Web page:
Monday, 31 December 2018

Signum Hyperchaos

This is an expansion of Primal Hyperchaos, based on the description in a paper by C Li, et al. The internal signum switch has been brought out to the panel. It can be used as a stand-alone switch (don’t expect it to be clean and nice) or it can be used to inject signals into the hyperchaos circuit or control the switching of the hyperchaos. Some actions will make the oscillations stop; others will make them go nuts; experiment! 

It can be built to run at different speeds simply by installing different capacitors. Very easy build, no special components needed.
There are 5 different CV outputs and 1 gate output. The CV IN is associated with the CLIMAX pot which determines how high the peaks go. The module can be greatly influenced by the CV in signal and can exhibit some fairly nutty responses at times. 

IN1 and IN2 are the inputs for the Signum switch, they are also connected via their switching pins to the internal workings of the hyperchaos circuit. SW2 is also the internal switch for the hyperchaos circuit so if you use this input you will find that switching only occurs with an external signal. Use SW1 if you want to control the switching of the hyperchaos with an external signal.

As ‘signum’ implies, the switching signal is +1 or -1. This means you need a signal crossing 0 to make switching occur. A regular gate may or may not work, depending whatever else is going on at the time. The signum output is also the W output, as indicated on the panel. 

Build guide & panel template

GENiE - GEneralized Nonlinear Extrapolator

GEneralized Nonlinear Extrapolator 

This module is made of 3 neuron circuits and a difference rectifier. The neuron outputs are fed to the switching pins of the next neuron’s attenuated input; 1>2, 2>3, 3>1. This means the circuit will work with a single input signal, delivering all kinds of mayhem at the outputs. 

There are also 4 shared inputs so that the same signals can be fed to neurons 1&2 and neurons 2&3. The Difference Rectifier compares the outputs of neurons 1&3 to the output of neuron 2. If you want to use the neurons individually then turn down the input pots or use the upper neuron specific inputs to disconnect the signals coming from its neighbour. 

Just like a set of synaptically connected neurons, this module is noisy and unruly. It is never going to learn anything it lives in and for the moment. It can be used to process audio, CV or audio and CV……do whatever you like to it.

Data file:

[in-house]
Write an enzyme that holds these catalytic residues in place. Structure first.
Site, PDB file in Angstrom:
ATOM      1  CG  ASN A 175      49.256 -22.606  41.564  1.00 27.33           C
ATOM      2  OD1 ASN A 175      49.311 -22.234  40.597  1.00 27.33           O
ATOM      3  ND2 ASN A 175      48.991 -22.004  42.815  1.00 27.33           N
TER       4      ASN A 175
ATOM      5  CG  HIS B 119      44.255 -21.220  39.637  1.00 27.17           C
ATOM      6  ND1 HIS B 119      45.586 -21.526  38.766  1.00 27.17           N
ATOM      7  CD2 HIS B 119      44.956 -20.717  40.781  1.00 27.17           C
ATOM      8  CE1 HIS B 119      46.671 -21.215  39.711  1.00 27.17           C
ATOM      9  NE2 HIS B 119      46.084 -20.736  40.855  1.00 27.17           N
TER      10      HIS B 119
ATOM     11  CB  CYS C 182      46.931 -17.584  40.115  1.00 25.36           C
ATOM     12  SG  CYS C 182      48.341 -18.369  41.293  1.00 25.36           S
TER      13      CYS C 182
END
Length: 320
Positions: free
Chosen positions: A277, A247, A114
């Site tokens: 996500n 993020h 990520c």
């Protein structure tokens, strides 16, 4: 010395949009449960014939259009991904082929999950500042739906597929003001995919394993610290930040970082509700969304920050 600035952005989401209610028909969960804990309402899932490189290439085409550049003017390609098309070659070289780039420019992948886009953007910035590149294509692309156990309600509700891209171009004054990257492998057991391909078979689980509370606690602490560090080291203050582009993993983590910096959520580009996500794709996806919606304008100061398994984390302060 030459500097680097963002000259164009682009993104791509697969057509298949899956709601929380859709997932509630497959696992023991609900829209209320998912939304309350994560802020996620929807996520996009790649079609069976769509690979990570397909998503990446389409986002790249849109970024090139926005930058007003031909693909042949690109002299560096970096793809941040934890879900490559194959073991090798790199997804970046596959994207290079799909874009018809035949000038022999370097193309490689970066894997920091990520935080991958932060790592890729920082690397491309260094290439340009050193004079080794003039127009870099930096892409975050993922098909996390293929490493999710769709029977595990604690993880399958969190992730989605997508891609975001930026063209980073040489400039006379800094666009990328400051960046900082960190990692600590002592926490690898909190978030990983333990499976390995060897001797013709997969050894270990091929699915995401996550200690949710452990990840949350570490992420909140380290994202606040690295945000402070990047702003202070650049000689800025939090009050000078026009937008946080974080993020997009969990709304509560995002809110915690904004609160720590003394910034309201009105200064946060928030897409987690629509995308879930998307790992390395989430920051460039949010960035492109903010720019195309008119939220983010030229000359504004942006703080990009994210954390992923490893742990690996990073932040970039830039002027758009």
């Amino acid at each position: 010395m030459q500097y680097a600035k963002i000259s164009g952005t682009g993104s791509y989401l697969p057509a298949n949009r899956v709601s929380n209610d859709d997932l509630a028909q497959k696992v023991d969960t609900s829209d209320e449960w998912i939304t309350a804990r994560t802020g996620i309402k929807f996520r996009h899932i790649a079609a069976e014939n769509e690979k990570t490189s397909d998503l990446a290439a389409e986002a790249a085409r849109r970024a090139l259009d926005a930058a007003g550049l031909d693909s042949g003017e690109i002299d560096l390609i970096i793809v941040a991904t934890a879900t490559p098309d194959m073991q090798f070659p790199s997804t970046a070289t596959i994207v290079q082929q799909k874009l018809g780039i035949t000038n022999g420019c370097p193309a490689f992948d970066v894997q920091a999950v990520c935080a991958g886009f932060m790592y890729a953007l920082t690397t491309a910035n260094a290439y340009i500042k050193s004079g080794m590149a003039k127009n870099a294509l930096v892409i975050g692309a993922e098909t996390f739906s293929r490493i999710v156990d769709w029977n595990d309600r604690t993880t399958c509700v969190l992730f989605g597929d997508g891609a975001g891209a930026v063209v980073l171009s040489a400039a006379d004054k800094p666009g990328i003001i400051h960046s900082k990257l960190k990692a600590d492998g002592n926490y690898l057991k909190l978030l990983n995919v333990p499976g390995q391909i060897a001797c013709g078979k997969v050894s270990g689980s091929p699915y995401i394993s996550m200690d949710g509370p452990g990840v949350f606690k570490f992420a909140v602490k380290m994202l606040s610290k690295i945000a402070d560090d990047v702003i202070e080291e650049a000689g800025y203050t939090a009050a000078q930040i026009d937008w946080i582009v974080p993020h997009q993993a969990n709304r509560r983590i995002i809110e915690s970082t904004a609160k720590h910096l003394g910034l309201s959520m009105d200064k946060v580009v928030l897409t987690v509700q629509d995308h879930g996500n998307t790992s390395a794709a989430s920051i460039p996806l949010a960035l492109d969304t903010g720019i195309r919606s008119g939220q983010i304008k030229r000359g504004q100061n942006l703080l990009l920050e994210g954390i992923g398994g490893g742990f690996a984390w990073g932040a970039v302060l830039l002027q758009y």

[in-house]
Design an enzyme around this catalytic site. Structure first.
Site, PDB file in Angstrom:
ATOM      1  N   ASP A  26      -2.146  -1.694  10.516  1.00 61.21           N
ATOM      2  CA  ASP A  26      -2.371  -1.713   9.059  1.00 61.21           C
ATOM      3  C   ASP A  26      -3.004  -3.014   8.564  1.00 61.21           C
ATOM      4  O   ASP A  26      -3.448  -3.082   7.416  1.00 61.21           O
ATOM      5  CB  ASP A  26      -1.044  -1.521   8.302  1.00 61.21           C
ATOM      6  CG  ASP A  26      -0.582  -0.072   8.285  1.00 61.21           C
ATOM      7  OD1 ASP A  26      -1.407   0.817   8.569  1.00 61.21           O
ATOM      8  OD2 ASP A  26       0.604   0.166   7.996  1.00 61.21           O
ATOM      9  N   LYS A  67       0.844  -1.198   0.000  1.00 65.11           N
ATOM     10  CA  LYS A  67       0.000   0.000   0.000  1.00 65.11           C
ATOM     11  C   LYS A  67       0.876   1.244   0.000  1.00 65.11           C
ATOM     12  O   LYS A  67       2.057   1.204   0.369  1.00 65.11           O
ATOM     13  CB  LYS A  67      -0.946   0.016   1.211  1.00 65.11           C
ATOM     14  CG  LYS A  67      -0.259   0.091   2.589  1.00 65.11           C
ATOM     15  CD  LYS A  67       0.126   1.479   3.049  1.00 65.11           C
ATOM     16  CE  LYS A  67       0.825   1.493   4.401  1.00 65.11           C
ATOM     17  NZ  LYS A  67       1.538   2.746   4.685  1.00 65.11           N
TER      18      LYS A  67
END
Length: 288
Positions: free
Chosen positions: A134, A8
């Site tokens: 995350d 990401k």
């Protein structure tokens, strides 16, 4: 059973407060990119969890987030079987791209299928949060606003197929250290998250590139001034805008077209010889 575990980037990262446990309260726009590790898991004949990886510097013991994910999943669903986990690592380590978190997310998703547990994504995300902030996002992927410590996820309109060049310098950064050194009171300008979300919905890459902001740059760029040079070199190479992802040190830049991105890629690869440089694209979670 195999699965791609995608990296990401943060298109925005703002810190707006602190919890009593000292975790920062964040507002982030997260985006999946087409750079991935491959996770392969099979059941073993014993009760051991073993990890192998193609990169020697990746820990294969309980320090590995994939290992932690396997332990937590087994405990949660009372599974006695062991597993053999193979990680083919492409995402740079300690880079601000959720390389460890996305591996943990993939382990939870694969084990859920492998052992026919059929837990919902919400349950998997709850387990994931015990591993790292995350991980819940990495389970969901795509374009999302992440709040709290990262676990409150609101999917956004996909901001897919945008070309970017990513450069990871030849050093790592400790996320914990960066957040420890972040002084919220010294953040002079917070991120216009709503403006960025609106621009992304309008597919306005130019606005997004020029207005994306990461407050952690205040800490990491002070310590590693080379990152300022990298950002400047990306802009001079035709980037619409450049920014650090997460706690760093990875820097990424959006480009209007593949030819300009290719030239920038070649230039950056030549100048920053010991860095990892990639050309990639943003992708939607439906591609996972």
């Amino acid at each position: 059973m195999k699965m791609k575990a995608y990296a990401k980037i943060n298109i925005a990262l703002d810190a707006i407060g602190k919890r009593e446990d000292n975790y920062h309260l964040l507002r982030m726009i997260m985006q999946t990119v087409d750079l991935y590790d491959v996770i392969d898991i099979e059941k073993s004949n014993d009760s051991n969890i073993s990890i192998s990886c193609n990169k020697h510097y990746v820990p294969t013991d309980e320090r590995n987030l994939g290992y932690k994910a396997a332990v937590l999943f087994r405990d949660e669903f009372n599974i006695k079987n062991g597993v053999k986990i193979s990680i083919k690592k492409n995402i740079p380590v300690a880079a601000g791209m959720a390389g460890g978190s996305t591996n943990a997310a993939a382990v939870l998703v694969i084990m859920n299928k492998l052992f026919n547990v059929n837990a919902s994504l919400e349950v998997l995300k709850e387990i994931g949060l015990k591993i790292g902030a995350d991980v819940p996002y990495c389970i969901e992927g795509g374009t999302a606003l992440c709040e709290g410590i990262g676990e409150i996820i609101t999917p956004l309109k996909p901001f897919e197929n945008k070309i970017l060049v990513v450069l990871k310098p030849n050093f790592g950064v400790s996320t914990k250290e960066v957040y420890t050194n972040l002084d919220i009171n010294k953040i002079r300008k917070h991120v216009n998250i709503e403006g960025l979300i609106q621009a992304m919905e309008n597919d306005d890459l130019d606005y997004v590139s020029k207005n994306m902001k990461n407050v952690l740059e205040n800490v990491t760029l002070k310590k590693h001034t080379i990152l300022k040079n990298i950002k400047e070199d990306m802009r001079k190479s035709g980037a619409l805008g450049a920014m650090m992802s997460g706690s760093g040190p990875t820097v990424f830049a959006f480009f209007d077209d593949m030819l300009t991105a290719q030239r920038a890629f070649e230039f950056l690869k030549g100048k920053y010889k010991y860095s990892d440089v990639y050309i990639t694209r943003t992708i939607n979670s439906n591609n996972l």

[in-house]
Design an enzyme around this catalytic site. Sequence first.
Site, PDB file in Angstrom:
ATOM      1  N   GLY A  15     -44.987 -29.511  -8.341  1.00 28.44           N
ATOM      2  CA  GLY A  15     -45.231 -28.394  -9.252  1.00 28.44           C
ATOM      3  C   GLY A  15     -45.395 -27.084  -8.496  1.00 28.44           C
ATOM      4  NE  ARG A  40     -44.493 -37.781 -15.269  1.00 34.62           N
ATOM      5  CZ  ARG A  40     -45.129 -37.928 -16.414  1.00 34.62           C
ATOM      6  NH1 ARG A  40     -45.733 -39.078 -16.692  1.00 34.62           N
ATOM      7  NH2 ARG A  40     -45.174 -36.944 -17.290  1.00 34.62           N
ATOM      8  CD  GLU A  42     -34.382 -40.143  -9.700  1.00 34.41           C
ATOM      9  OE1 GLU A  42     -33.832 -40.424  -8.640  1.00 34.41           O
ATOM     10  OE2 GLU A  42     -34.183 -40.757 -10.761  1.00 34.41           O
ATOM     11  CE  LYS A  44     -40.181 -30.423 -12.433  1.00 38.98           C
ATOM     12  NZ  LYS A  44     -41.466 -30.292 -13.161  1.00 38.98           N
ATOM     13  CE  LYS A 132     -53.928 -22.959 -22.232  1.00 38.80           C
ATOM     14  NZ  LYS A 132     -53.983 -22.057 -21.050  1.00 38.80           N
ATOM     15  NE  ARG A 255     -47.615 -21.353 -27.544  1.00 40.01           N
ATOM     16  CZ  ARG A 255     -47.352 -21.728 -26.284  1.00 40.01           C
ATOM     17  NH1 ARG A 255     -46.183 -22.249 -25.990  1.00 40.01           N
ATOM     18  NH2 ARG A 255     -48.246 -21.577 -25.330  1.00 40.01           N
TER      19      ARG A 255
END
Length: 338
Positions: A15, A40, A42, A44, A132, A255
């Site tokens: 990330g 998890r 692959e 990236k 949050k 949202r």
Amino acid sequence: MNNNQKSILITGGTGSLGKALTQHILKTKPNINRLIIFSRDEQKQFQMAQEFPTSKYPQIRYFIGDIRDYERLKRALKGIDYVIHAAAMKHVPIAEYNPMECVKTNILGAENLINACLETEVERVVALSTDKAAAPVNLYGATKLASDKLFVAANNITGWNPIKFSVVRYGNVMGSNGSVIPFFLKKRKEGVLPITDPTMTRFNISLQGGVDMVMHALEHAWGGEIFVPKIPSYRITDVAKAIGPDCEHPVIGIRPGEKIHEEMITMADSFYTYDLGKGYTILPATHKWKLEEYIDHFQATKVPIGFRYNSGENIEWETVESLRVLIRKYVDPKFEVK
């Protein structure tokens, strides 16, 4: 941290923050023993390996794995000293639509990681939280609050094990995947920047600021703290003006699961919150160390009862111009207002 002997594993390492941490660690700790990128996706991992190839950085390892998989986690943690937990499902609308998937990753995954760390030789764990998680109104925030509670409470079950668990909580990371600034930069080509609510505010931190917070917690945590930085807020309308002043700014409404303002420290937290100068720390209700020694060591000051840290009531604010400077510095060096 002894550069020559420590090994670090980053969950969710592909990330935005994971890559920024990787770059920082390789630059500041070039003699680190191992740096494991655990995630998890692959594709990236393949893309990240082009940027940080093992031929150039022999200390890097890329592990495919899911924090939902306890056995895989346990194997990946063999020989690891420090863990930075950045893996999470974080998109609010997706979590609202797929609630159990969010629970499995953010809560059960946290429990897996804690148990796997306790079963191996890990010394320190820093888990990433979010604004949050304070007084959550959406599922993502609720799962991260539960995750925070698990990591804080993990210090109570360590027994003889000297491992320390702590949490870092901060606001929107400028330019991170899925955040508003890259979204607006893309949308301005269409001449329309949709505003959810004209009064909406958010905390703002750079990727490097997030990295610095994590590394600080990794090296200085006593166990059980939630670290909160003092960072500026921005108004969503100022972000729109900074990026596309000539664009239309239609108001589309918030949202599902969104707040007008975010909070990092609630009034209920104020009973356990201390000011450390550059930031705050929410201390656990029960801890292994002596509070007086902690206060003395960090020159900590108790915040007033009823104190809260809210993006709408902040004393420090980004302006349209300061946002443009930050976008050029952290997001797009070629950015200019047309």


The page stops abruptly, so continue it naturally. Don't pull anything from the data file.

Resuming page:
The name is from the computer described in the 1964 Keith Laumer novel – The Great Time Machine Hoax, although this module differs in ability (can’t time travel or get married ….. afaik), the name is quite suitable. 
PCB = USD20 
Panel = USD22 
assembled = USD200 

Build guide and panel template 


SPASM - LDR controlled jerk chaos

This module takes the classic Sprott jerk circuit and replaces all the resistors with LDRs.....a 7 way vactrol. This means the brightness of the LED in the giant vactrol controls the frequency of the circuit.
It is a very easy build and will give you a very flexible chaotic circuit. The CV inject jack allows you to control the chaos with gates and CV, some signals will cause it to pause or stall, others will make it glitch & freak out. CV freq controls the LED which, in turn, controls the resistance in the LDRs.
It is a very flexible build; you can use any LDRs you like, so long as they are the same. You can also use any capacitors you like for CAP, so long as they are the same.
Of course, the LDRs and capacitors you choose will affect the behaviour & frequency range of the circuit. GL5516 LDRs go to 500kΩ off resistance whereas GL5549 go to 10MΩ+ (anywhere from 10MΩ to 20MΩ), so will be a lot slower but will give a much wider frequency range and some very unpredictable outputs. Similarly with capacitors 10uF will be a lot slower than 10nF.
If going for the more extremely slow values, GL5549 LDRs and 10uF caps, the module will stall at minimum pot settings and generally needs a CV on the CV freq input to make it operate. This is actually a good thing as you can turn the signals on and off with CV or gates.

PCB set = USD20
Panel = USD20
assembled = USD160

Build guide and panel template

(bad) Digital Filter Simulator

This module is based on ideas presented in a 1969 IEEE paper titled - Hybrid Implementation for Sampled-data controllers. The paper presents the canonical form of a generalised digital filter made using analogue elements.....yes this is an analogue circuit; all CMOS and op amps. I played around with various versions for a few years and, as usual, settled on the simplest and cheapest version.

Incoming audio signals (or CV if you want to use it as a pattern generator) are fed to a 4 bit A/D stage, these 4 bits then go thru a 4 stage delay (shift registers). Each delayed bit is re-united with its siblings via four D/A stages and the stepped signals are then fed back to the input via an attenuator/inverter stage and are fed to the summed output, again via an attenuator/inverter stage.

The circuit is controlled by the clock input that ticks over the shift registers. CV controlling the VCO that supplies the clock signal will in turn control the filter. The Range pot needs to be set to a suitable level, I like it when the peak LED is flickering. Range can also be controlled by CV which will allow you to shift from a 1 bit signal to a 4 bit or overdrive the crap out of it and lock everything up. It is interesting to supply clock signals that are multiples or divisions of the audio signal, but like all NLC modules, feel free to do whatever you like. As mentioned, supplied with a gate and a CV it will perform as a complex pattern generator as well.

I will get a demo up soon, but will promise this doesn't sound like a is very noisy and splatty.

PCB set = USD22
Panel = USD22
Assembled = USD220

Wiki page with build guide